There was a lengthy discussion of the faculty-workload proposal presented by Provost Alfred Tatum, Ph.D., at the Academic and Student Affairs Committee meeting Thursday. The proposal would shift the number of classes that faculty members teach per semester to make room for research, advising and wraparound student services. The trustees directed a pause on implementation of a 3-3 teaching load to allow University leadership to model its implications and address additional questions prior to a final determination, with a discussion planned for the fall 2023 Board retreat.

“There’s no doubt in my mind on how this is going to benefit our students,” said Trustee Marissa Molina, who chairs the ASA Committee. “We have to ensure that we have all the data and can analyze that data to really understand how we create a sustainable path into that shift. We are committed to ensuring that this continues to be a collaborative conversation.”

New trustees

Board appointees Jerry Glick and Olivia Mendoza attended their first meetings Thursday and Friday as nonvoting members, with their appointments pending confirmation by the state’s Senate Education Committee.

Mendoza shared that she was an undocumented immigrant for most of her childhood, while Glick said the University’s support of undocumented students is a key reason why he wanted to be a trustee as well.

Minority-Serving Institution strategy

Chief of Staff Edward Brown shared updates on the University’s work serving Black Coloradans, which is being led by a steering committee of campus stakeholders with a consultant from The Equity Project. The committee will use a number of targeted internal and external focus groups to prepare a white paper with recommended strategies for the Office of the President by mid-May.

More news and notes:

  • Advancement has raised more than $9 million this fiscal year with a goal of $15 million by the end of June. The multi-year fundraising campaign has progressed more than 41% of the way with over $31 million raised toward the goal of $75 million.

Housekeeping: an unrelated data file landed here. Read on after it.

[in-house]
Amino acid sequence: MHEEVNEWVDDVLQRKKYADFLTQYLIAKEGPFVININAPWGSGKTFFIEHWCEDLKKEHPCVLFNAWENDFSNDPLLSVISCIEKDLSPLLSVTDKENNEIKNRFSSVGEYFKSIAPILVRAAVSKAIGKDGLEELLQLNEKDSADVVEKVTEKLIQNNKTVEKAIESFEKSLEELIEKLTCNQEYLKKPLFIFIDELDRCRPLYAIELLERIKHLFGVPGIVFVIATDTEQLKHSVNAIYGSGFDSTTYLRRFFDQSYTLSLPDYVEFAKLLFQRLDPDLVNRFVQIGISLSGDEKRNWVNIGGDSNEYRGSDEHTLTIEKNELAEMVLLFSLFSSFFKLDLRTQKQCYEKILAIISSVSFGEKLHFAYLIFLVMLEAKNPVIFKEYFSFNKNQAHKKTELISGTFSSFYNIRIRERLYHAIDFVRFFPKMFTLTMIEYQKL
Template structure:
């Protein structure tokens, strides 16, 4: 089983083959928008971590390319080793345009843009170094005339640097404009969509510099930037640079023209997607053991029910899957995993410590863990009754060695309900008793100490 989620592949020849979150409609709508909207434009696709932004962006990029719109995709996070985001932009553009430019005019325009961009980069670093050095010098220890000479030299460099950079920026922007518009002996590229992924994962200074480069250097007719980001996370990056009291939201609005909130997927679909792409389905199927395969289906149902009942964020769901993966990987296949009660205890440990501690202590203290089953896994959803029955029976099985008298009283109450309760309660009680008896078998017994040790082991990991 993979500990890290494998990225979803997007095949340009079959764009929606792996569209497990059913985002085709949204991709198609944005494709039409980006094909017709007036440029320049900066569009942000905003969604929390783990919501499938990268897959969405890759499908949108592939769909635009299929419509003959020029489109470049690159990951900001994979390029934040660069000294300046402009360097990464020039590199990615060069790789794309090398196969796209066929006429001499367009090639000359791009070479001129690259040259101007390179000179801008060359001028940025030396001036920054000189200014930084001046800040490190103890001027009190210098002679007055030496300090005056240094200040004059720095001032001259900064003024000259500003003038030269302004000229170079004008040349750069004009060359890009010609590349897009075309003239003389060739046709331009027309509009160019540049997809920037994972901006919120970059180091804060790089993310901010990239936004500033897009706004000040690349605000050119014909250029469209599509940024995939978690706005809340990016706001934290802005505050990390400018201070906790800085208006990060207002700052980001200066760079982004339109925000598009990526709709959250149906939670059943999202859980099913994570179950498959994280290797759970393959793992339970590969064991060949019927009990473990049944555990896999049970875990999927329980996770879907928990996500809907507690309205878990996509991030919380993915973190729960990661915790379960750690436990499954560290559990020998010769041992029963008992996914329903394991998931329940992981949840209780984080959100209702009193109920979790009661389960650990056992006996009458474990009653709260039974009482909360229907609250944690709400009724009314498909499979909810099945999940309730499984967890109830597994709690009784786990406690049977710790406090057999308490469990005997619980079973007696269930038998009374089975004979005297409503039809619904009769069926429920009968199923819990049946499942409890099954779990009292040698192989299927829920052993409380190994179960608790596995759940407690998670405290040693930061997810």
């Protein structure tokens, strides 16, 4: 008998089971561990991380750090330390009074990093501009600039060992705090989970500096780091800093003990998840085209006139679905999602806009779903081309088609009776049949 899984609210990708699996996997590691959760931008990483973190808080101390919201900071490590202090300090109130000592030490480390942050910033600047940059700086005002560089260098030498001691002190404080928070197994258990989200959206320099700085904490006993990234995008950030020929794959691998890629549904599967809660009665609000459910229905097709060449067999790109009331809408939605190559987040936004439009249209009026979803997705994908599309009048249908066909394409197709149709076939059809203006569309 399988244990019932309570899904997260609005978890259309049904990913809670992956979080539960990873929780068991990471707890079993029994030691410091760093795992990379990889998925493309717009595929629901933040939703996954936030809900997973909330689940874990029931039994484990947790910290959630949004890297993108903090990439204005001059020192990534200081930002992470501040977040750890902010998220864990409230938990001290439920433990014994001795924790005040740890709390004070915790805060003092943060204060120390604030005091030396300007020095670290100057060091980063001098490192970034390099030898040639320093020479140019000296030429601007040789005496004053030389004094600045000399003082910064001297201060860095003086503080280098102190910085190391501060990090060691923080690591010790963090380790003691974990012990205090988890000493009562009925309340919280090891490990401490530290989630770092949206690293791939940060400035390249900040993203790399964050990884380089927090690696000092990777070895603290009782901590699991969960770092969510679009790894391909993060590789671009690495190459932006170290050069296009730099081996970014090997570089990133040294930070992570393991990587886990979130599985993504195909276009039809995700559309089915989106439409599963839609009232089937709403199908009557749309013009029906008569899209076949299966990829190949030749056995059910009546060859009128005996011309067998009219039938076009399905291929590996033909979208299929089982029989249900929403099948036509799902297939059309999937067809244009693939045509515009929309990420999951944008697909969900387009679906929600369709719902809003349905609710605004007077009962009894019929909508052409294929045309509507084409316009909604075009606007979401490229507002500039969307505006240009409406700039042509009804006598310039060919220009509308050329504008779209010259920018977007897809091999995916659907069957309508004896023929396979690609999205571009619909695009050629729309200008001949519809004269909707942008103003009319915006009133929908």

• The trustees approved tenure for Inge Wefes, Ph.D., associate vice president of Graduate Studies in the Biology Department, and an honorary Master of Education degree for community leader Anna Jo Garcia Haynes, to be awarded at spring Commencement.
  • Aging Services Leadership was approved as a new major, while four minors were approved in English (two), Health Professions, and Human Performance and Sport.
  • Michael Benitez Jr., Ph.D., vice president for Diversity and Inclusion, has been elected to the board of directors for the National Association of Diversity Officers in Higher Education.
  • General Counsel David Fine was named one of the Top 25 Attorneys in Colorado in December by Attorney Intel.
  • The MSU Denver aerobatics team won the collegiate national championship for the second year in a row and fourth time in six years.
  • The Auraria Campus master plan is in development with a target completion in 2024.
  • Beginning in June, the board will convene quarterly with meetings in June, September, January and March each year. The trustees made the change to a more regular cadence to better align with key decision-making dates for University business. Recordings of public board meetings can be found online.